The Harewood Connection

The current table is identical in form to a pier table at Harewood House, Yorkshire (see fig.4) which is currently in the Princess Royal's Dressing Room. The offered table includes a foliate scrolled and stylised shell-centred apron which is most probably lacking form the example at Harewood where small pin or nail holes are evident to the underside of the frieze, there is also the possibility that further carved elements were present between the outer and inner legs on both examples. There is almost conclusive evidence that the current table and the Harewood example were originally a pair and were separated at some point in the late 19th or early 20th century. The tables have identical construction and choice of timbers and some of the fruitwood ground veneers to the segmented top appear to have been cut from the same source of timber. There are very minor differences in the dimensions of the two tables, with less than one centimeter difference in the height and width while the depth is the same. Whilst it is not presently known when the current table left Harewood, it does not appear in either of the major sales in 1951 or 1965,  it may well have left the collection in the years following the Sir Charles Barry refurbishments of 1844-5 when many of the interiors were updated in the Victorian taste. It was at this stage that much of the peripheral ornamentation of the grand Chippendale mirrors were removed and placed in store along with other pieces of Chippendale furniture, such as the State Bed where they remained until the mid-1980s when alighted upon by Christopher Gilbert. It is also feasible that the carved apron, lacking on the Harewood example was removed at this stage also.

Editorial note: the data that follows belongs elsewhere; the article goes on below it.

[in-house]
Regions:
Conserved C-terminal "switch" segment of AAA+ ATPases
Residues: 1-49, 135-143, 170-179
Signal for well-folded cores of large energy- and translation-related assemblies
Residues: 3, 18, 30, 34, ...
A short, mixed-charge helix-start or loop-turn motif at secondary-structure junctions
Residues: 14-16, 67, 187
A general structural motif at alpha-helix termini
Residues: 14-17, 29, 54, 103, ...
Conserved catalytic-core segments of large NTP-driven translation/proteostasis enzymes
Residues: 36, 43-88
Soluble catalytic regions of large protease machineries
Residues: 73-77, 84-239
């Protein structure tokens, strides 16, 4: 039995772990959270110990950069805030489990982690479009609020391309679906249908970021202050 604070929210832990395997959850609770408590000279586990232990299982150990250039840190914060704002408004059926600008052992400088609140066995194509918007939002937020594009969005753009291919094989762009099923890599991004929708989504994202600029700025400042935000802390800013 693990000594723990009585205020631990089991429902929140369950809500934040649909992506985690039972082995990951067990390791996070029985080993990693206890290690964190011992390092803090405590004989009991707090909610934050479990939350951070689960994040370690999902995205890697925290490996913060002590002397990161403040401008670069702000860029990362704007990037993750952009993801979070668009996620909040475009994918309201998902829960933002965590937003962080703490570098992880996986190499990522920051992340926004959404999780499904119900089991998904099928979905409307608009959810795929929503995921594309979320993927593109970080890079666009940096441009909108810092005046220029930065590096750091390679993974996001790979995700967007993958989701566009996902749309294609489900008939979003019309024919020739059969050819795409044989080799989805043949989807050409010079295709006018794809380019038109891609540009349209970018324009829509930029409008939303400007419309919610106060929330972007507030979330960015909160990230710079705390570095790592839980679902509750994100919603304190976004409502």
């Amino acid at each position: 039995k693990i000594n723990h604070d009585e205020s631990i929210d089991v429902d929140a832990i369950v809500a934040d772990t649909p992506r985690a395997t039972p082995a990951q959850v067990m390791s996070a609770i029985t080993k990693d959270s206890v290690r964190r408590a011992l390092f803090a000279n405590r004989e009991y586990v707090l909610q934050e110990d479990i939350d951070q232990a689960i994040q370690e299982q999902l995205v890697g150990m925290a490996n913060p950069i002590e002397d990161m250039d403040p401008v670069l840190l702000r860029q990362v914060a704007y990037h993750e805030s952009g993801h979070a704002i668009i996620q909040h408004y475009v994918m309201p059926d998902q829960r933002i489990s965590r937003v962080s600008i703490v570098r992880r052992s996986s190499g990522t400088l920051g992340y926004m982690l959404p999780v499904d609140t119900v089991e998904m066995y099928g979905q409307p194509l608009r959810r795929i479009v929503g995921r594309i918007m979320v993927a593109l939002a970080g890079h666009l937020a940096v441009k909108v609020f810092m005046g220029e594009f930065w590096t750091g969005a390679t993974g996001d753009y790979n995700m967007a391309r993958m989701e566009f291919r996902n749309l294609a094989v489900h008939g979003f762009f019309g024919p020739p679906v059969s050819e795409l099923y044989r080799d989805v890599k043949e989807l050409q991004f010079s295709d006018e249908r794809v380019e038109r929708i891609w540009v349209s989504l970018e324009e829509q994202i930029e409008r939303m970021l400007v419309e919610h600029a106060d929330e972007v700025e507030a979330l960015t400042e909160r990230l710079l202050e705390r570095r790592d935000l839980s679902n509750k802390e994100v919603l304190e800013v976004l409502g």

Harewood: Chippendale's Greatest Commission

Chippendale's commission at Harewood House was the most valuable and probably most extensive of his career. The first documented record of Chippendale's involvement at Harewood is in a letter dated 19 July 1767 from the cabinet-maker to another of his patrons, Sir Rowland Winn of Nostell Priory, in which he wrote 'As soon as I had got to Mr Lascelles and look'd over the whole of ye house I found that [I] Shou'd want a Many designs & knowing that I had time Enough I went to York to do them'.